Columbus Announces Age-Friendly Strategic Plan, With Emphasis On Transportation
The city of Columbus released its age-friendly strategic plan on Tuesday, following two years spent collecting data and surveying residents about their top concerns.
The city teamed with the Mid-Ohio Regional Planning Commission and an advisory council to carry out the survey and create the recommendations.
Katie White, director of the project, said that their first step is renovating a community center on the East Side as an aging hub. Other first-year strategies target what White says were the most pressing concerns of older Columbus residents: housing and mobility.
"When we did our survey, we really heard that people want to stay in their houses for as long as possible, so by setting up transportation, and infrastructure, and housing support we can meet their needs of wanting to stay in their houses longer," White says.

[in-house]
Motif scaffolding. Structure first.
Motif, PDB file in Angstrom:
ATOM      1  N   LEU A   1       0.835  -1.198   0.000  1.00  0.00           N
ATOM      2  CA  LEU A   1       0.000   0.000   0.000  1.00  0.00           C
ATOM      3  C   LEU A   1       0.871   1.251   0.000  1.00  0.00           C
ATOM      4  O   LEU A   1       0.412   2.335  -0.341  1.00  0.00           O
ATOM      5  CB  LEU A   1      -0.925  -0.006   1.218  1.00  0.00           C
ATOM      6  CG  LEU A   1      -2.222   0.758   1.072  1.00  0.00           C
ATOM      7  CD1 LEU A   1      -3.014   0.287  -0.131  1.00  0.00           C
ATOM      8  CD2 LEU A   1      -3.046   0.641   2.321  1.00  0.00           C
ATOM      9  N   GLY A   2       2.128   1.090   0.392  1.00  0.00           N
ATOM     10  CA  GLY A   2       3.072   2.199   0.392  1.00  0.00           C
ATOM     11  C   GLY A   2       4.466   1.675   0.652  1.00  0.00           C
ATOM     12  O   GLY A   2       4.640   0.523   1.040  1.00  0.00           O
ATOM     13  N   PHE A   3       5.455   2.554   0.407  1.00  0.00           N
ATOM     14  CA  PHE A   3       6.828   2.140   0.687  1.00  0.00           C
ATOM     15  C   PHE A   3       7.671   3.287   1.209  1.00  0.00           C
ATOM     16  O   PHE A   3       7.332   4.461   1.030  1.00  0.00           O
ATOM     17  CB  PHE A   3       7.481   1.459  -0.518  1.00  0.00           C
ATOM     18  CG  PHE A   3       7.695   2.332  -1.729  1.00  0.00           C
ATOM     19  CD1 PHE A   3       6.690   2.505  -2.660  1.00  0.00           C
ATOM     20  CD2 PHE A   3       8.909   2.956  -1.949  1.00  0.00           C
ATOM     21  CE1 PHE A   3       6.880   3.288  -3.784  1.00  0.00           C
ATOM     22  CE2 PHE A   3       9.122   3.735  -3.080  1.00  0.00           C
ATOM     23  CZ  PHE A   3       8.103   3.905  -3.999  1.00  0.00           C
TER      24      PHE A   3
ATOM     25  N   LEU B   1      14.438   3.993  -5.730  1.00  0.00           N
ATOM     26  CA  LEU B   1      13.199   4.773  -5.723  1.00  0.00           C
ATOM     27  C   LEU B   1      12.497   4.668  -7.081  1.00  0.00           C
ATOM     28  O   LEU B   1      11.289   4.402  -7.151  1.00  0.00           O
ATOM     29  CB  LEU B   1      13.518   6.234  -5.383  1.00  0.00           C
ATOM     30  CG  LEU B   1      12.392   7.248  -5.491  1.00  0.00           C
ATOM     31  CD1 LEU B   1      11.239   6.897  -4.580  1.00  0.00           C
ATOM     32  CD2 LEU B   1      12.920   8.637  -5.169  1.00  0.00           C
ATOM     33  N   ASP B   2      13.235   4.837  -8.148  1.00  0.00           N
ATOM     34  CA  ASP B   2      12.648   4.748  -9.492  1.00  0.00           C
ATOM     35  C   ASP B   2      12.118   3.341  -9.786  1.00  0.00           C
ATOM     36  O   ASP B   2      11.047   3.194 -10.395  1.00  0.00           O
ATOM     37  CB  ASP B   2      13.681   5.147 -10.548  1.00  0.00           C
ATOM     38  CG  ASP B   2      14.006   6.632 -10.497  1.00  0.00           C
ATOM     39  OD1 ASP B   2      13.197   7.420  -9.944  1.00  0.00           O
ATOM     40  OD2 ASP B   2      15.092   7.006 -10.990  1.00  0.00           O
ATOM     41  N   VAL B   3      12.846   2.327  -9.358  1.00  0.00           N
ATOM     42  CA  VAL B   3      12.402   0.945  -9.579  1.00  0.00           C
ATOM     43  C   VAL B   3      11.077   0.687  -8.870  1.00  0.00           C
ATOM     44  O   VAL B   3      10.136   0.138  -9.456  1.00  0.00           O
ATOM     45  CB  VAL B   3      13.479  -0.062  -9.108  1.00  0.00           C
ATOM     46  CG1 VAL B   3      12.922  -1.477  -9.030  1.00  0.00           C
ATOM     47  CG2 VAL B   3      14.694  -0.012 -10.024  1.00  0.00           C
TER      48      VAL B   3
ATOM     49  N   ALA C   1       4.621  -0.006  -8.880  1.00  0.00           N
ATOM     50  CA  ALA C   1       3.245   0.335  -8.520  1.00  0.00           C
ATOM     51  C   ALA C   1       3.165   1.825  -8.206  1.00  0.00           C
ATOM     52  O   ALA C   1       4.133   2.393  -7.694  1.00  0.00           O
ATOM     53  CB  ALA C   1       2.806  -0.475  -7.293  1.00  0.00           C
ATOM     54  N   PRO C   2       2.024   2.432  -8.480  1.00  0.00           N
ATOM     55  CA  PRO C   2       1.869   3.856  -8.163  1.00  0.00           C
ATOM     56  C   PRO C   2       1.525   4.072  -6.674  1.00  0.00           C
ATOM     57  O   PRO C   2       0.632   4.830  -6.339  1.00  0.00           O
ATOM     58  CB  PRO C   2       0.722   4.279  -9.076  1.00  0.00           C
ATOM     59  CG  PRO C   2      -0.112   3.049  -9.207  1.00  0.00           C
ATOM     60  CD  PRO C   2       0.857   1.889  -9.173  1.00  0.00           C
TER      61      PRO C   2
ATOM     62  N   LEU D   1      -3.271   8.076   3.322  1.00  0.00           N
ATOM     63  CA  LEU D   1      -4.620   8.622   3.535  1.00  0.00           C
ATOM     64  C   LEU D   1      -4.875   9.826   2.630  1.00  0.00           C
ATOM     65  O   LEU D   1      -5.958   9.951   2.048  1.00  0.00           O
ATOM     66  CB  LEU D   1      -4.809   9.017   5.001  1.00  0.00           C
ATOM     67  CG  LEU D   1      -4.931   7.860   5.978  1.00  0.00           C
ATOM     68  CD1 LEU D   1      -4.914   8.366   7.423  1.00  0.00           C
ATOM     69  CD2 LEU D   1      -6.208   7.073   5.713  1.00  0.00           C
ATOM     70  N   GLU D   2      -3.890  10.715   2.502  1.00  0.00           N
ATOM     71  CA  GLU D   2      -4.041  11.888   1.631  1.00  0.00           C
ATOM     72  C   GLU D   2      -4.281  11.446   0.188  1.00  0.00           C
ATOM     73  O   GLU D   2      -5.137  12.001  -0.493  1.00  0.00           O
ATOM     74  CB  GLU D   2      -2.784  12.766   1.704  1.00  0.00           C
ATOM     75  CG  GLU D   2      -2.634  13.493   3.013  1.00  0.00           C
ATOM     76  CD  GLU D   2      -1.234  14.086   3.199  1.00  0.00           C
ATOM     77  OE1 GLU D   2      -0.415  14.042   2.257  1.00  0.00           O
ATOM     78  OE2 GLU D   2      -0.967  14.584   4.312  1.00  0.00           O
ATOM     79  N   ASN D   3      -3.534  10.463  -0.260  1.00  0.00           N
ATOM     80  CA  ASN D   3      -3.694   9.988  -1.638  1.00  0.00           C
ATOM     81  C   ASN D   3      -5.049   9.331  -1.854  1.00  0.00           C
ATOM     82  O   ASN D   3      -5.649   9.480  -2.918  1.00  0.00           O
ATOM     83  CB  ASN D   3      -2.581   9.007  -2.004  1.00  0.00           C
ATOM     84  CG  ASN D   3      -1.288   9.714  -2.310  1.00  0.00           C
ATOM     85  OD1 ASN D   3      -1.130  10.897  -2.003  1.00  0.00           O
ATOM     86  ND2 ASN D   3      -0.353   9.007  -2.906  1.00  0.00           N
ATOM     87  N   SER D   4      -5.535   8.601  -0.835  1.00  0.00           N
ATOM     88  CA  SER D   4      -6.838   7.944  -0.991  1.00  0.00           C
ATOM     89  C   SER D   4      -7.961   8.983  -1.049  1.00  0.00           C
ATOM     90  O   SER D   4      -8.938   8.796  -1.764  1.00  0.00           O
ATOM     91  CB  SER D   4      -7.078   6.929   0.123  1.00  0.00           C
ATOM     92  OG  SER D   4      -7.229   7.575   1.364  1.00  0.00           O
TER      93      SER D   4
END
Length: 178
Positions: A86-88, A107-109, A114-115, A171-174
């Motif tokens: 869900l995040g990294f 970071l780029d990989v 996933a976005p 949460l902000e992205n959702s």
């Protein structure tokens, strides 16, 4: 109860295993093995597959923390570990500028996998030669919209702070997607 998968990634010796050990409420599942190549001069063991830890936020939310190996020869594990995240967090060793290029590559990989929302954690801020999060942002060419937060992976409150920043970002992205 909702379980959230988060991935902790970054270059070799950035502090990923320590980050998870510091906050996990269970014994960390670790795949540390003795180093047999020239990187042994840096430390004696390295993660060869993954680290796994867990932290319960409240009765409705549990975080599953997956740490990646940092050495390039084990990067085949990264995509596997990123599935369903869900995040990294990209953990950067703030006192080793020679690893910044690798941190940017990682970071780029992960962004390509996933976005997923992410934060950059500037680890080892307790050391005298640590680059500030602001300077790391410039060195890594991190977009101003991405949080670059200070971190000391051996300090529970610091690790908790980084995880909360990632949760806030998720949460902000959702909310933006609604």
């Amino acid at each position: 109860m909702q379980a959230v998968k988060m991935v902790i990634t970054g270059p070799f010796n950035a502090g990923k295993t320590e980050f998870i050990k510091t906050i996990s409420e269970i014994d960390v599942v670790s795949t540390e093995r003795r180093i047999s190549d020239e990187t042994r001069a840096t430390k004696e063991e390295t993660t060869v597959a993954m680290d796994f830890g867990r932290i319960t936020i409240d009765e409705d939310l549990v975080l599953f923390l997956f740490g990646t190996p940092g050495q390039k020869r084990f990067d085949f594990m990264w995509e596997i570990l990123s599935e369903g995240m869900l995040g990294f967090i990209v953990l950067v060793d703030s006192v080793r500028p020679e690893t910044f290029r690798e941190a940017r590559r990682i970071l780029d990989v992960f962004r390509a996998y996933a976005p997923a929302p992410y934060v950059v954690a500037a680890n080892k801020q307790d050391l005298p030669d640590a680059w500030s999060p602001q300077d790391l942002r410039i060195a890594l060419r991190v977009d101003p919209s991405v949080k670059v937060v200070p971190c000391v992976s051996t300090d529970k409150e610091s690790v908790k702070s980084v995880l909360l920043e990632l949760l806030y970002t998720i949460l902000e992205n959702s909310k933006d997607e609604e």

The first ingredient White mentions—transportation—is a big priority in the first year of the strategic plan. One of the major goals towards that end is encouraging the use of different types of transportation, like a free circulator they're piloting in the Beechwold and Clintonville communities.
"Other things that we found were mobility challenges," White says. "As an individual ages, they don't want to give up their car because they don't have options that seem as equal or as convenient as driving around."
Columbus is also looking at walking as a critical component of senior mobility, designing a "Safe Routes for All" program that will investigate the best ways to move through neighborhoods with large populations of older adults, and a project to increase crossing times near busy intersections in Linden and Hilltop among other communities.
Another major goal: making both government and private businesses more welcoming to an older population. The group created an Age-Friendly Business Directory and will work towards educating employers about age-friendly best practices for hiring older adults. They'll also be looking at outdoor and indoor public spaces for age-friendliness in their first year.
While the project is hoping to employ two people at all times, the majority of money for special projects, like the community center aging hub, will come from grant funding.